The Americas

Russian compound in Nicaragua reportedly intrigues US officials

A new Russian compound in Nicaragua has reportedly intrigued U.S. officials who skeptical of its intended use.

A new Russian compound in Nicaragua has reportedly intrigued U.S. officials who skeptical of its intended use.  (Reuters)

A new Russian compound in Nicaragua has reportedly intrigued U.S. officials who are skeptical of its intended use.

The outpost is located on the rim of a volcano and has a clear view of the U.S. Embassy in Managua, The Washington Post reported Sunday. Antennas and so-called globe-shaped devices reportedly surround the building.

“I have no idea,” one woman who works at a telecom agency in Nicaragua said. “They are Russian, and they speak Russian, and they carry around Russian apparatuses.”

Current and former U.S. officials have expressed concerns that the Russian building could be used to spy on Americans and gather intelligence, while others see it as a countermove to the U.S. presence in Eastern Europe.

Nicaragua has downplayed the concerns, telling the Post it is a tracking site of Russia’s GPS system.

“The United States and countries of the region should be concerned,” Juan Gonzalez, a former deputy assistant secretary of state for Western Hemisphere affairs, told the paper. “Nicaragua offers a beachhead for Russia to expand its intel capabilities and election meddling close to the United States.”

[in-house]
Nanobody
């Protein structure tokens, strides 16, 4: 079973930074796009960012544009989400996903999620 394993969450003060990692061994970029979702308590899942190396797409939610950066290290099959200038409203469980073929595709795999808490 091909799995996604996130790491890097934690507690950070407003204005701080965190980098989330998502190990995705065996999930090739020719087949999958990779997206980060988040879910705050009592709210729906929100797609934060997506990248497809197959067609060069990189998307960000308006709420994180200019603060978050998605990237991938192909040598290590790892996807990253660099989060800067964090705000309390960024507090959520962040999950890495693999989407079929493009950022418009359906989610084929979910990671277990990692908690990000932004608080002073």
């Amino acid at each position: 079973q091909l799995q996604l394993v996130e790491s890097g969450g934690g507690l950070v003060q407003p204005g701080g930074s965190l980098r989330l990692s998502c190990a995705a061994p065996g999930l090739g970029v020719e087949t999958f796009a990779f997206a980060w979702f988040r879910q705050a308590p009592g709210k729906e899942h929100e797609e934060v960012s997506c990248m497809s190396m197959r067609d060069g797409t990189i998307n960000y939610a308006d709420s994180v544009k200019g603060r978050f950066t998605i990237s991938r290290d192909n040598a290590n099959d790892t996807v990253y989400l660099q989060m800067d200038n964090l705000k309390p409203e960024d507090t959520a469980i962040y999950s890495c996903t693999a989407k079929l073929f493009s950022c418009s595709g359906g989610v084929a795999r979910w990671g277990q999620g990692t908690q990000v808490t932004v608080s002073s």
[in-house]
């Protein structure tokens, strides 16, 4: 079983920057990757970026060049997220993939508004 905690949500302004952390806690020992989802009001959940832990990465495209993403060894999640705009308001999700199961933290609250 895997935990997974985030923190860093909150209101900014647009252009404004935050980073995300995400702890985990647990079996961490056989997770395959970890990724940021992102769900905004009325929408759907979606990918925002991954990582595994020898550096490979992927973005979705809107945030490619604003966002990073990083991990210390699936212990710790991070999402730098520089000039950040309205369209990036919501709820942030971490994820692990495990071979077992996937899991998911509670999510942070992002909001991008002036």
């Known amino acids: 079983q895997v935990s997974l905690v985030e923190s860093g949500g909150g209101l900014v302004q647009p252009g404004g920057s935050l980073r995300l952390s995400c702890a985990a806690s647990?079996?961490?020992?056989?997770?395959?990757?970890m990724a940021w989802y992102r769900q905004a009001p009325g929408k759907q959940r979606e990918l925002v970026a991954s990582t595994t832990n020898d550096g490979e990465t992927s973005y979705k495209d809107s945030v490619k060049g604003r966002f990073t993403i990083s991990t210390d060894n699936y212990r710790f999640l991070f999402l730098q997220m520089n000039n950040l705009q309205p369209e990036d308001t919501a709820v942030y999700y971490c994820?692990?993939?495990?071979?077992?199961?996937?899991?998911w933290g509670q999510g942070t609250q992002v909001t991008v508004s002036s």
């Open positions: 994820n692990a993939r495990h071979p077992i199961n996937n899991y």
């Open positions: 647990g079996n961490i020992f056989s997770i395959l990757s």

U.S. officials told the newspaper that there is no immediate alarm concerning the compound, but there are moves being made just in case. A State Department staffer at its Russian desk was named a desk officer in charge of Nicaragua, while diplomats with Russian expertise have gone to Nicaragua as well.

Russia’s influence in Latin America has increased over the last two years. Russia has sold military weapons and artillery to Venezuela, Peru, Argentina and Ecuador, while strengthening economic relations with Mexico and Brazil, the Post noted.

Security experts believe that Russia has nearly 250 military personnel in Nicaragua. Russia has been allowed to use Nicaraguan ports for its warships and Moscow gave 50 tanks to the country.

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